Houston, TX(Zone 9b)

This is one of the recipes from the article.

1/2 cup vinegar
1/2 cup vegetable oil Mix the ingredients well, rub on the floor, and buff with a clean, dry cloth.

Do you think it would leave the floor slick? Sounds easy enough, but I don't want to make it slick.

Dublin, CA(Zone 9a)

I think the buffing part takes care of that--if you just let it sit there then it might make it slippery but if you buff it that'll absorb any excess.

Weedville, PA(Zone 6a)

I'd say try it in an area that's usually covered with a piece of furniture or a rug with a gripper under it.

We had hardwood floors at home and Mom would get the same wax they used in the hospital. OMgosh, those floors would be so super slippery. We'd all put our socks on and slide down the hallway. We once even got the dog into it and put old stockings on her. Yeah, it was kind of like a free-for-all sometimes after Mom went to work, but we had fun. Poor dog though.


At one thime I had a grey horse. Before a parade, Iwould rinse his tail with blueing. It would take all of the yellow out.----Beth

Mid-Michigan, MI(Zone 5b)

This is one of the recipes from the article.

1/2 cup vinegar
1/2 cup vegetable oil Mix the ingredients well, rub on the floor, and buff with a clean, dry cloth.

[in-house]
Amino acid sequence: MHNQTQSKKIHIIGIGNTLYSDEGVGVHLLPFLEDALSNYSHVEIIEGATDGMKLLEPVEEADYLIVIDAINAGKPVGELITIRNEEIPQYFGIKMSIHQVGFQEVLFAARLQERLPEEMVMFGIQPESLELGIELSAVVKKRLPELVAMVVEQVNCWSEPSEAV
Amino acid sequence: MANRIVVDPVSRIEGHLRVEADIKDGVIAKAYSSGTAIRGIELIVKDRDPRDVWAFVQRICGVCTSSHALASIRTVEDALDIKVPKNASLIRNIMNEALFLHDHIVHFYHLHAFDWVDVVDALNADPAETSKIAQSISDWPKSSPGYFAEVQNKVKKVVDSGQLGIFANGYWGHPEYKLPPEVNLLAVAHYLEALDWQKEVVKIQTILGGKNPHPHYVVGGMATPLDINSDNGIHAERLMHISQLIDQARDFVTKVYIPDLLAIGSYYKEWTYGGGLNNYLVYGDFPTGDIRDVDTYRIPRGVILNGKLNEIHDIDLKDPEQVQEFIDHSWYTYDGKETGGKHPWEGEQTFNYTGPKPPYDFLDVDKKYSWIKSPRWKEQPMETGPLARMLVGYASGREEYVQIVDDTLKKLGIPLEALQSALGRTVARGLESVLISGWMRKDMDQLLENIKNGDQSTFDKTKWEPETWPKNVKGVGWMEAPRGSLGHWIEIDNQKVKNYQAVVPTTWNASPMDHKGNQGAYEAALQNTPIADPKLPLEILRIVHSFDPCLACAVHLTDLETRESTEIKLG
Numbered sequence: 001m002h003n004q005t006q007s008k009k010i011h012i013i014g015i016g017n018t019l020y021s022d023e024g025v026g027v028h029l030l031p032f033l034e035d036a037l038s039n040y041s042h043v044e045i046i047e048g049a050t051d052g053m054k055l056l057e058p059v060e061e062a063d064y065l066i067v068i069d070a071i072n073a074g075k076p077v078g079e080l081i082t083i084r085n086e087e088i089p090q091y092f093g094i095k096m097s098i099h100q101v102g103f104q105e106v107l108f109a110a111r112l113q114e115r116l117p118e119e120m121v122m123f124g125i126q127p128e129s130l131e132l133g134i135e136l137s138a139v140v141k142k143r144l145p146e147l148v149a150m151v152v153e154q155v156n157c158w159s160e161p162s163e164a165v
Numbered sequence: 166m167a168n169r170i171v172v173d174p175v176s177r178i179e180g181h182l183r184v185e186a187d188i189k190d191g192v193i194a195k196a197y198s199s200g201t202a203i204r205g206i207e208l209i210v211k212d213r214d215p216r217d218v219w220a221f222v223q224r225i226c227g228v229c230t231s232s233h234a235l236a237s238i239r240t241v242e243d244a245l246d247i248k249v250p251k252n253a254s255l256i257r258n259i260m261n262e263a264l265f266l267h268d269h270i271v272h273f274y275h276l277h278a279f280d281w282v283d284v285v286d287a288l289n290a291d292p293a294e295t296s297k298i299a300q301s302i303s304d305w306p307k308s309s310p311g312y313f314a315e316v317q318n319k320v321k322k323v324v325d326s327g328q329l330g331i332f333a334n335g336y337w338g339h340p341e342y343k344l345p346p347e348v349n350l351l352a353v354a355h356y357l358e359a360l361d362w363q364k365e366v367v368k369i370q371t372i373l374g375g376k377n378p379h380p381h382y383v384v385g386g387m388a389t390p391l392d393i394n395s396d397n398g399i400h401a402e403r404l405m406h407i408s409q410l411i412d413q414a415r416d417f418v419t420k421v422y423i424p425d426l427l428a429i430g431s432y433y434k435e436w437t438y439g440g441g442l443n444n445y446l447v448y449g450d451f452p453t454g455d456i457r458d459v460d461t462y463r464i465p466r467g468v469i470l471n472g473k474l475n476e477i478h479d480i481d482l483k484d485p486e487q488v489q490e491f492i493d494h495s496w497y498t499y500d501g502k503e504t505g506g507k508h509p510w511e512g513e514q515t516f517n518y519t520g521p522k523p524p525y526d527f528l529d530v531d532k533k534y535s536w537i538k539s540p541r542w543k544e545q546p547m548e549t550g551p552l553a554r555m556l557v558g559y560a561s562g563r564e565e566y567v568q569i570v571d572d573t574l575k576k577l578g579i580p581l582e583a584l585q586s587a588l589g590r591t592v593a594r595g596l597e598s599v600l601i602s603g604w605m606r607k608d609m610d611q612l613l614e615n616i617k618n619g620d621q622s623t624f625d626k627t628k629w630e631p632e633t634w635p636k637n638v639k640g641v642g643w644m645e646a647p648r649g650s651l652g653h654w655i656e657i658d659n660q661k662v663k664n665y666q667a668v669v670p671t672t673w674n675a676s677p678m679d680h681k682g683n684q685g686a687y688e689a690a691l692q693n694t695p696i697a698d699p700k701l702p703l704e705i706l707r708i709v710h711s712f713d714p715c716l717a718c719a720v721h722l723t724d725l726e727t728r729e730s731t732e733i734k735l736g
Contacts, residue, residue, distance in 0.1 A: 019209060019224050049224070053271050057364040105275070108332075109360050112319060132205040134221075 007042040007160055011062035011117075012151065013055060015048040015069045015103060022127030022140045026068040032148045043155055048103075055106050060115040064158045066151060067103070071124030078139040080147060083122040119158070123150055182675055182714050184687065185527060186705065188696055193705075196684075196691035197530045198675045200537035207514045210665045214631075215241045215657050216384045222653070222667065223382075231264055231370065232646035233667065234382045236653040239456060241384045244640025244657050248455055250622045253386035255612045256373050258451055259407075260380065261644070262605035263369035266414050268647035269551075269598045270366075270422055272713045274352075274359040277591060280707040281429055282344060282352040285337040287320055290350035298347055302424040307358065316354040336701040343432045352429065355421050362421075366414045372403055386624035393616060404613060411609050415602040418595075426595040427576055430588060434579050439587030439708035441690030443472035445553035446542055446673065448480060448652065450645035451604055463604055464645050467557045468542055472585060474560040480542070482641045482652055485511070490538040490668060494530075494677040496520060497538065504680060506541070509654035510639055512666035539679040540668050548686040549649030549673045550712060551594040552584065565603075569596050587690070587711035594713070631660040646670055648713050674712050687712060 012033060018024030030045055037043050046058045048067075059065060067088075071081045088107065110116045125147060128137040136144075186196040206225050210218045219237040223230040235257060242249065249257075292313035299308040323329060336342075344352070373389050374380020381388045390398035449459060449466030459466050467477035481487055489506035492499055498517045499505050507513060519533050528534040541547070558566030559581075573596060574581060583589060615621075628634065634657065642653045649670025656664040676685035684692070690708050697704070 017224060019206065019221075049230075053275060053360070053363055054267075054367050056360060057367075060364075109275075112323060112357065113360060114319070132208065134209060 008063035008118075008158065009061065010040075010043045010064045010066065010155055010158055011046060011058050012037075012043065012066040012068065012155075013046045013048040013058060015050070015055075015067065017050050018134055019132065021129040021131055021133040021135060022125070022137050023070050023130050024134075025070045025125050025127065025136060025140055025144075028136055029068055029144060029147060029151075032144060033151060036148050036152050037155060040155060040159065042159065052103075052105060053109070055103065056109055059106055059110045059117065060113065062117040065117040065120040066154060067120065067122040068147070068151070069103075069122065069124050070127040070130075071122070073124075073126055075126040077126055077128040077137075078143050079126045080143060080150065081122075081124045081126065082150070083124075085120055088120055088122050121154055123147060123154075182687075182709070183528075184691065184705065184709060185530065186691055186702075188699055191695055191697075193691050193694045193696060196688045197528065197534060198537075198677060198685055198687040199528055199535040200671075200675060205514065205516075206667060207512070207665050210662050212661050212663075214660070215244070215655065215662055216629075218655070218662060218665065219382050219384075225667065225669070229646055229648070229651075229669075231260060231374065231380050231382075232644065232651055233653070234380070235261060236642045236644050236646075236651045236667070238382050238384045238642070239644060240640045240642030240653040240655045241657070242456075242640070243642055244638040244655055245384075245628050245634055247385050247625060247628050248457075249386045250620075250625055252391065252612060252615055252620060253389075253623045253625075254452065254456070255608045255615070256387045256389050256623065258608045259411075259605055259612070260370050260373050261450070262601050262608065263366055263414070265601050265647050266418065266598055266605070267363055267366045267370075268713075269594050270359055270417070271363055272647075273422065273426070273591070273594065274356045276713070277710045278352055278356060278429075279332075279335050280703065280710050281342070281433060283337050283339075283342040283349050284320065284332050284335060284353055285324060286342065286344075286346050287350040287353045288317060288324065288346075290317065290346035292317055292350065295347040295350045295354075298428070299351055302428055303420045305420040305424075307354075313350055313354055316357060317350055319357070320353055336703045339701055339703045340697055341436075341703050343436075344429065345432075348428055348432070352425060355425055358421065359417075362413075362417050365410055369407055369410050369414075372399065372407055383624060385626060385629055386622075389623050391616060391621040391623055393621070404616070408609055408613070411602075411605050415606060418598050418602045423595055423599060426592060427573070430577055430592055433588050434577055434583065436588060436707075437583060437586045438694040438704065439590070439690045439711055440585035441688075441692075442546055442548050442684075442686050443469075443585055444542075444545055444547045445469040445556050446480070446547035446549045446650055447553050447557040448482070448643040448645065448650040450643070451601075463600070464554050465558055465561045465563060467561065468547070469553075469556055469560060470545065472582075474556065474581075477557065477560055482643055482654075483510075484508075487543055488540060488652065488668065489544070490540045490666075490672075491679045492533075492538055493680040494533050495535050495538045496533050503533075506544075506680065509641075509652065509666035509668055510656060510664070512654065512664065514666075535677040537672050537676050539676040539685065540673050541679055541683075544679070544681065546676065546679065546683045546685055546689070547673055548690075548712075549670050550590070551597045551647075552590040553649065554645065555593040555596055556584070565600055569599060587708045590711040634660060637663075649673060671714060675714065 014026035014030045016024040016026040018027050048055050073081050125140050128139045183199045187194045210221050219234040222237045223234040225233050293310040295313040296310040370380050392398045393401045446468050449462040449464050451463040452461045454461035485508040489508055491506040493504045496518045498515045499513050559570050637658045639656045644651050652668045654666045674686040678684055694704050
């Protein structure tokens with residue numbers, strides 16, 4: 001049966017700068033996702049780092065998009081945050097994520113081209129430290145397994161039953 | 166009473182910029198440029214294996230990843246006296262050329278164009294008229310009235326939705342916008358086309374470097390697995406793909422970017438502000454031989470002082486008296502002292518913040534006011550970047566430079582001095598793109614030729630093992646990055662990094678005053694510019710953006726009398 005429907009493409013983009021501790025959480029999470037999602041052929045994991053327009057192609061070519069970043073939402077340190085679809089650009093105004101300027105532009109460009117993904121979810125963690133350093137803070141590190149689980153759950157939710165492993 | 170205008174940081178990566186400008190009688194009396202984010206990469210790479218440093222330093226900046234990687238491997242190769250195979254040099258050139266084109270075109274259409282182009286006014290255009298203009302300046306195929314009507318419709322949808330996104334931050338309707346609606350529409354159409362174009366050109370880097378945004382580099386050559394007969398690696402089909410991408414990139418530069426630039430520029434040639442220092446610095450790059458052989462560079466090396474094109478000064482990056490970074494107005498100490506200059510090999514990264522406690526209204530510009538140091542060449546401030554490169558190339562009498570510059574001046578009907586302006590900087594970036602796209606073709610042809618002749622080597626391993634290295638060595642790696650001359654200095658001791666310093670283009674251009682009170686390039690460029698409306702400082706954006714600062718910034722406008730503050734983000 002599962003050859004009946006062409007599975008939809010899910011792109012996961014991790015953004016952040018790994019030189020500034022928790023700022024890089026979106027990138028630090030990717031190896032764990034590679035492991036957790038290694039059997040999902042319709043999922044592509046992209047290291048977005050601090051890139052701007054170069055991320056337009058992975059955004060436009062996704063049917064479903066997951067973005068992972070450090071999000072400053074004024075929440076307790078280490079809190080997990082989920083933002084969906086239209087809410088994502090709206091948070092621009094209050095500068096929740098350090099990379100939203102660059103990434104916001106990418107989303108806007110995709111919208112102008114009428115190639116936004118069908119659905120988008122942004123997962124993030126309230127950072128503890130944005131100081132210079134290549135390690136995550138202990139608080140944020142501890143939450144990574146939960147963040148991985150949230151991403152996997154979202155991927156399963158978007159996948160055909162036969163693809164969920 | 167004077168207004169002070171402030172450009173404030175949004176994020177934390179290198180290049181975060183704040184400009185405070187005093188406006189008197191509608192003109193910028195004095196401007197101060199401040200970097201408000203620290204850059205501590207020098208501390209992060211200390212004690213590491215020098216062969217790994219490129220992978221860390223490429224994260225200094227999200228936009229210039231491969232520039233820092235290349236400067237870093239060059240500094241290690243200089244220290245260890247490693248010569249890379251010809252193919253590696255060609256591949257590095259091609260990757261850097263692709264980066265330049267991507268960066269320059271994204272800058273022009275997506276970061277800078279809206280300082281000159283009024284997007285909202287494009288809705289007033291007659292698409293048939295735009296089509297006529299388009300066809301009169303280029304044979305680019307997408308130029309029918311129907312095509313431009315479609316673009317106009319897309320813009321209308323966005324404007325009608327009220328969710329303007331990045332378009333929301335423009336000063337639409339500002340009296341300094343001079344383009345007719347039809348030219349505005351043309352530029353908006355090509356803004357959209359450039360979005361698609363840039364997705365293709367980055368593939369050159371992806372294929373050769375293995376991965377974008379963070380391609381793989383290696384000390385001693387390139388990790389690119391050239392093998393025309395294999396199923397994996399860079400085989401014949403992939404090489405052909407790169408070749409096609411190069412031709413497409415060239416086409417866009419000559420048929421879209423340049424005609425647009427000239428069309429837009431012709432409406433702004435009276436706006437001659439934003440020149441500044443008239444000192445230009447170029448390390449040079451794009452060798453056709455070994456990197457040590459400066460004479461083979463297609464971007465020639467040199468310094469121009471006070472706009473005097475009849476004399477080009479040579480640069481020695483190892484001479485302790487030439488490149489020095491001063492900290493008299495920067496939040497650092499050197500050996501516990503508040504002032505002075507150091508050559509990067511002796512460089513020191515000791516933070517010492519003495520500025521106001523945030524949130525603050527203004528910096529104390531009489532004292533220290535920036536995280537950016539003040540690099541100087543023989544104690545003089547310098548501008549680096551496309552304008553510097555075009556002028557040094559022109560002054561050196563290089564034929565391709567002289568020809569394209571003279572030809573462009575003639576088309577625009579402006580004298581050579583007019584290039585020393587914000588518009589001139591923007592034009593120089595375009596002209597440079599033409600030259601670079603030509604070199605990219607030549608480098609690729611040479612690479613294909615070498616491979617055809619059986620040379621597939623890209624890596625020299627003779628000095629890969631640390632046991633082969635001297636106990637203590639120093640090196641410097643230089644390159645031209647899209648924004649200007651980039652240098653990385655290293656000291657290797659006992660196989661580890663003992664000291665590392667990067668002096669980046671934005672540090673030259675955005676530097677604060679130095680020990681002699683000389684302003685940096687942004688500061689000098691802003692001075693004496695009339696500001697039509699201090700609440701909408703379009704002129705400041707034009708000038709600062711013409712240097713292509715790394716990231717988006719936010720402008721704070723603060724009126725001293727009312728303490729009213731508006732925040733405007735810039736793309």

Do you think it would leave the floor slick? Sounds easy enough, but I don't want to make it slick.

I've used a mixture of 1 tsp of vinegar, 1 tsp of vegetable oil and 1 qt of hot water on my 50+ yr old wood floors. They shine, but aren't slippery. I love it and won't use any other cleaner. It's cheap and effective and non-toxic. I've got 3 dogs and 2 kids :)


Sugar Land, TX

white vinegar and baking soda (the kids loved the fizz) combined make the best grout cleaner I've ever used, including several expensive brands. The acid in the vinegar cleans the group, and the baking soda adds some grit while scrubbing - paste like. It's also safe enough that the kids can help me scrub! haha (Why do little kids love jobs like that, but as they get older.... )

waukesha, WI(Zone 5a)

Most supermarkets that carry the old brands usually place them down on the bottom shelf, instead of at an eye-catching level like the popular brands. When I spot Fels Naptha, I usually buy two or three bars because I never know when I'll come across it again. It's like the old saying, "If everybody doesn't want it, nobody gets it". Markets only want to stock what will sell to the majority of people.